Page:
Balancing core competencies and cost with colocation data centers for disaster recovery

An automotive repair manual and software publisher found a colocation at a SunGard data center for load balancing and disaster recovery the right mix of managed service and do-it-yourself.

A SunGard colocation customer says that despite the increasing popularity of completely outsourced or cloud disaster recovery services, deploying his own equipment in a SunGard colocation data center has proven the right mix of hosted and do-it-yourself disaster recovery (DR) and data center load-balancing for his company.

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The company, Poway, Calif.-based Mitchell Repair Information Company LLC or Mitchell 1, a Snap-On company, specializes in automotive repair manuals and software management systems for automotive repair shops. In addition to its online resources and software for mechanics, it also staffs a 50-person call center with expert technicians as a resource for customers who have questions about repairs.

About four years ago, according to Mark Zecca, senior director of information technology, the company began a relationship with SunGard Availability Services to place servers and NetApp Inc. storage gear owned by Mitchell 1 at one of SunGard's data centers in Scottsdale, Ariz. Today, four NetApp FAS2040 disk arrays replicate data from remote offices to a 100 TB FAS 3160 array at its main data center, where the remote office disk arrays are also managed remotely. All told, the organization has between 90 TB and 100 TB of data. SunGard is also contracted to provide facilities for call center employees in the event of a primary site outage.

While 100 TB is no small amount of data, at 350 employees, 200 of which are sales reps spread around North America, the organization considers itself a small- to-medium-sized business (SMB), Zecca said. "Our remote offices weren't going to cut it to host all our data from our 3,000 square foot data center at headquarters for disaster recovery," he added. "Maybe two of them even have the right kind of air conditioning."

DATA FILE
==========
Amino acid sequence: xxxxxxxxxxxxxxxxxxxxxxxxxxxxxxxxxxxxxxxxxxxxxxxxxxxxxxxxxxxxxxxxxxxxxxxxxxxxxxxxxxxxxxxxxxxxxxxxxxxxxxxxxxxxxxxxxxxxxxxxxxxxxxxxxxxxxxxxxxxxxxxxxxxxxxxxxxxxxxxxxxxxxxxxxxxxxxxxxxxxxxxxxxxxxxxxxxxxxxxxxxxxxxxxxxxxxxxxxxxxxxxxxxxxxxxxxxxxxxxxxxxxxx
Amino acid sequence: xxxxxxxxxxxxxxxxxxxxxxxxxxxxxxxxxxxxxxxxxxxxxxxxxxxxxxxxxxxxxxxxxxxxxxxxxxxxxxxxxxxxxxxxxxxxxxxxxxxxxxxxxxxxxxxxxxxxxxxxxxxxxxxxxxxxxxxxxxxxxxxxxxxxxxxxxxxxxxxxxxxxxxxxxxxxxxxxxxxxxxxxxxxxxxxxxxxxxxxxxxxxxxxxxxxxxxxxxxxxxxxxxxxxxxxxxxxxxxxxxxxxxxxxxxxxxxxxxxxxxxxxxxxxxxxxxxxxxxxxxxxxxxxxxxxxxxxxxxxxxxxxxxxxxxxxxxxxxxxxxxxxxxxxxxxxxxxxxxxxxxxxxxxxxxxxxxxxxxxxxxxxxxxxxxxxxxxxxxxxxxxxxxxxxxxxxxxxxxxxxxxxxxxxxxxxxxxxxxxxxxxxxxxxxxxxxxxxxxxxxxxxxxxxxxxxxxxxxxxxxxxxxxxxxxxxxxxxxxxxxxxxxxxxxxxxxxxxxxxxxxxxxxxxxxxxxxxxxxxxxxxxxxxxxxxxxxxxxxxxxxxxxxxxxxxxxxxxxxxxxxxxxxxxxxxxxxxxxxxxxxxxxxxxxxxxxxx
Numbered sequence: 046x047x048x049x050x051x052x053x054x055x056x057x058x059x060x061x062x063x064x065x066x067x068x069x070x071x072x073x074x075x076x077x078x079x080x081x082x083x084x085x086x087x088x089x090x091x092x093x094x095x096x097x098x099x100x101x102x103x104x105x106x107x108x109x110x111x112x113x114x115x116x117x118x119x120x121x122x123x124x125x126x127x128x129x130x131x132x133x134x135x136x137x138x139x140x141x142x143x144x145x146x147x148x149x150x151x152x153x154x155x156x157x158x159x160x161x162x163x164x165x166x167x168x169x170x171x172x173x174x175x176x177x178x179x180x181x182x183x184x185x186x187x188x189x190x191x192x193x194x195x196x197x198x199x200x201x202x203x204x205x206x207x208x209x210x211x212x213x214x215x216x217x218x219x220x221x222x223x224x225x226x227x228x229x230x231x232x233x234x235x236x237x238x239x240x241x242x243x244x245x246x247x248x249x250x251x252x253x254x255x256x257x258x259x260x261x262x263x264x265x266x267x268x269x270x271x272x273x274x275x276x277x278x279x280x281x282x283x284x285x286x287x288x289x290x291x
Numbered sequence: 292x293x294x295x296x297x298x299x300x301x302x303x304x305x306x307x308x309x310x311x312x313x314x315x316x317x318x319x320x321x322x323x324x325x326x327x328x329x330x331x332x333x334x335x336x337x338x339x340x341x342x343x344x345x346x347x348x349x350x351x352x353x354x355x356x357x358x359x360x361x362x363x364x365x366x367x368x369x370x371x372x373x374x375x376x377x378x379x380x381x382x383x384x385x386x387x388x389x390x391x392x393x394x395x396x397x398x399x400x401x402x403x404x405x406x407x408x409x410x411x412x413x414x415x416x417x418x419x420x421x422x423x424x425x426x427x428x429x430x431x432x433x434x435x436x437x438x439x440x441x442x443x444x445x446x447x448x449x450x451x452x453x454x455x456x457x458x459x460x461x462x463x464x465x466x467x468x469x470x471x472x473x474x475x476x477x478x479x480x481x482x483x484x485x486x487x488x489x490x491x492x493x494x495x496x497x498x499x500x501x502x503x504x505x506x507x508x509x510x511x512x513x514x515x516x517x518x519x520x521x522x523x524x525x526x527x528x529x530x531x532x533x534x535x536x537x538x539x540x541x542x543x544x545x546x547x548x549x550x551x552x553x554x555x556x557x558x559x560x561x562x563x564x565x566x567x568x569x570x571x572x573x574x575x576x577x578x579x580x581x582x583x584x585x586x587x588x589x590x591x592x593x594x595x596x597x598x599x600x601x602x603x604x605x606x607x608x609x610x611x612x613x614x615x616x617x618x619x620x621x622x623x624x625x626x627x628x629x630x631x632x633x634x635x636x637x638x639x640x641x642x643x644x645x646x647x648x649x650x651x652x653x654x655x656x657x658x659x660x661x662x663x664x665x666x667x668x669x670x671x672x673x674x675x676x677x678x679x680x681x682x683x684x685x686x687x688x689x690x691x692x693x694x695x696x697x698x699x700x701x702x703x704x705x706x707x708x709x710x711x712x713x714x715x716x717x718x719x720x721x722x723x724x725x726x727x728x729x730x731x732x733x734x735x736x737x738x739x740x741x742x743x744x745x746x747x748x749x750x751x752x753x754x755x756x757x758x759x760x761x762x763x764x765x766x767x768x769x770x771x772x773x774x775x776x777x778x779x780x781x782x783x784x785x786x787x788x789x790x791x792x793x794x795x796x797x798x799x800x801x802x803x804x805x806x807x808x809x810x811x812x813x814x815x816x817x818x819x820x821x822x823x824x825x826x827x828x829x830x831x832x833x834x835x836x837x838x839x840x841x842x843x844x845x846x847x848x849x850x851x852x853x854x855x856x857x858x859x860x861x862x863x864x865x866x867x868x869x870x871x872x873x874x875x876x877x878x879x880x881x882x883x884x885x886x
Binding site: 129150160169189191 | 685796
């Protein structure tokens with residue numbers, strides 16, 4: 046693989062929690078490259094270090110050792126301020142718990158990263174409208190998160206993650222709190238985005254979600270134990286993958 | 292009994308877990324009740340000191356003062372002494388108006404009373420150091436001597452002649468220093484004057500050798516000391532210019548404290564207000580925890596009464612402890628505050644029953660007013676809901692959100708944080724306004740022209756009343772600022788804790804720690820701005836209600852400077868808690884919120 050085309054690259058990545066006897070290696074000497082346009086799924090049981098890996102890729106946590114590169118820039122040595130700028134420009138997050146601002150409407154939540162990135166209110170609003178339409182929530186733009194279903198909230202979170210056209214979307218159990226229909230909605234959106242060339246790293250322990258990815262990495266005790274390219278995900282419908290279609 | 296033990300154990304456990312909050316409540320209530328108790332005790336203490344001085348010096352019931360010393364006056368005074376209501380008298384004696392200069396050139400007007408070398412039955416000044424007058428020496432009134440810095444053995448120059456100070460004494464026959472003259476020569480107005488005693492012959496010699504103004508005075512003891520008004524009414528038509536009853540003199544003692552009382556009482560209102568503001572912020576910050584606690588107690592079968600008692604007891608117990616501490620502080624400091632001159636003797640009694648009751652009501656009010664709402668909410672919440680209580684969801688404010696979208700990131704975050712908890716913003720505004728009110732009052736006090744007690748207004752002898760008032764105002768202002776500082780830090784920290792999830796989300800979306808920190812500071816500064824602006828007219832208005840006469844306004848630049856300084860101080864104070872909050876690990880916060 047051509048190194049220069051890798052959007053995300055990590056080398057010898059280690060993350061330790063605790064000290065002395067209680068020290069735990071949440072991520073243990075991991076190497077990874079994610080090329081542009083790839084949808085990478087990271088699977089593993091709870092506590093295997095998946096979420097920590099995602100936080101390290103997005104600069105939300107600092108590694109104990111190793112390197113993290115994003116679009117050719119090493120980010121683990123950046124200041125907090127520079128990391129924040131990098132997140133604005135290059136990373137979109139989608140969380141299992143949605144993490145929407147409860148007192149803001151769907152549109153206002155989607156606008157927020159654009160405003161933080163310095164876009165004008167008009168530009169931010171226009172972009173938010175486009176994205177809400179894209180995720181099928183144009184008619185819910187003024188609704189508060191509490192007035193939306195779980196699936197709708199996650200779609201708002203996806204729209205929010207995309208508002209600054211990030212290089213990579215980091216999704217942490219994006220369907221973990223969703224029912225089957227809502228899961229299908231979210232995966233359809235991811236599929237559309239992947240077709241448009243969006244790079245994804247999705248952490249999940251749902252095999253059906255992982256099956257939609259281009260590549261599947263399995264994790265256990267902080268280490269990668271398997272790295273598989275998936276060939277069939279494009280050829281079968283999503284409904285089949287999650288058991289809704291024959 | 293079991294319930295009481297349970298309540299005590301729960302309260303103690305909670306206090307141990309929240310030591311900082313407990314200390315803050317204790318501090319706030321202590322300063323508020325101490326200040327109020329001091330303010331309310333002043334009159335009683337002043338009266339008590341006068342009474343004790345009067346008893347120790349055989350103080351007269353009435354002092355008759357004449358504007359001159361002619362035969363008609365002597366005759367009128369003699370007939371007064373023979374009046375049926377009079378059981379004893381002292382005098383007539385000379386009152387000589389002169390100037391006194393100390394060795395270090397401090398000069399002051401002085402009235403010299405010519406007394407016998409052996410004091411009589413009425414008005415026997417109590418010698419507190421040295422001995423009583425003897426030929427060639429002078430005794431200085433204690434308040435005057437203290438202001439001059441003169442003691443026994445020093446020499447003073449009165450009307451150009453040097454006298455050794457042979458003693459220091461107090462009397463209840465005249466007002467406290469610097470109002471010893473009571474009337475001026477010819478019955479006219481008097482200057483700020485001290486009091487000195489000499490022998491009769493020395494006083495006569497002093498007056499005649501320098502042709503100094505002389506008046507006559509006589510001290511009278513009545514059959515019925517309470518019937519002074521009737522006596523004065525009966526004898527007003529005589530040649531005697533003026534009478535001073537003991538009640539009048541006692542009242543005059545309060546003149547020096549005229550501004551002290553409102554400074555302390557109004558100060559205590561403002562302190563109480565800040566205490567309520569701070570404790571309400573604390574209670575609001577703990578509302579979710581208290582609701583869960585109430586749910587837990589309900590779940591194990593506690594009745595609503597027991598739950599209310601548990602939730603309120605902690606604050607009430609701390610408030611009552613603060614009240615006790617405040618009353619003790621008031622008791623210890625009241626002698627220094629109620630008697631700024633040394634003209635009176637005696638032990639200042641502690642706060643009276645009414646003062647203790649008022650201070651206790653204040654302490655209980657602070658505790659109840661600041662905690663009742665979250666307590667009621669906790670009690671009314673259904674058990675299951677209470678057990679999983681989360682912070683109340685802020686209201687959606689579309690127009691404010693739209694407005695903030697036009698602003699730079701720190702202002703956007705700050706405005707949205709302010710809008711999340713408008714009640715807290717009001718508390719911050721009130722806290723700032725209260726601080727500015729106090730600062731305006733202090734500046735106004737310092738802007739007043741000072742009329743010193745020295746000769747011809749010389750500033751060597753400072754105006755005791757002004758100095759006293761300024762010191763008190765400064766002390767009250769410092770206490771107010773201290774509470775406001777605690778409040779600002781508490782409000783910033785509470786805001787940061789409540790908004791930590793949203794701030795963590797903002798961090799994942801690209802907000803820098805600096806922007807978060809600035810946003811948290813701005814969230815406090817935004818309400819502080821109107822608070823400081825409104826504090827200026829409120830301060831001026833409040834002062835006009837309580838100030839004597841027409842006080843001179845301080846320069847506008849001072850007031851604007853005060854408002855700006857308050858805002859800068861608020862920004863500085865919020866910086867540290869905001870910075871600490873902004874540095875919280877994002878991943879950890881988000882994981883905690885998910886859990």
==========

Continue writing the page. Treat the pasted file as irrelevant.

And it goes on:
At the same time, purchasing an entire second data center "just to have something sitting waiting" in case of a disaster was not palatable to the organization. "As a smaller business, we can't afford to set up that amount of software and networking hardware to support something so that, one day on Tuesday when the moon is full, there might be an outage, and then we get to use this $300,000 to $400,000 worth of equipment."

Four years ago, cloud-based disaster recovery had yet to become an industry buzzword, but wholly managed disaster recovery services were available at the time. Today, outsourcing management of data replication and storage to a service provider completely for disaster recovery is also seen as having cost benefits, but Zecca said the business is unwilling let go of that part of IT's role.

"It all depends on what your core competencies are," Zecca said. "For us, our call center is important, and our ability to provide information to our customers quickly through telephony and storage connectivity, are our core competencies."

Small businesses struggle to get best customer service from collocation providers

Still, in Zecca's view, it can be difficult as a relatively small business to get the best customer service from colocation providers; he said he went with SunGard because of its Information Availability for Small and Midsize Business Program. "We're not AT&T or American Airlines," he said. "But SunGard will work closely with us."

That said, there are some aspects of SunGard's pricing Zecca said are better suited to larger enterprises with deeper pockets. In the last year, he said, SunGard changed billing on power distribution units (PDUs) from a usage basis to a per-device basis. "So if I have to add a PDU, I have to pay an extra $570 a month for that, instead of just paying for the equipment once and then whatever the total power usage is for the rack," Zecca said. "If I were a big company, that amount of money would be a drop in the bucket, but SMBs like me will begin to question that."

"Under specific circumstance's to help our customers better manage their power costs, SunGard Availability Services expanded its pricing practices from circuit-based pricing to KW-based," said Rahul Bakshi, vice president, managed services strategy and solution design at SunGard Availability Services. "This makes it easier for some customers to manage the number of circuits they provision and better utilize their KW power use."

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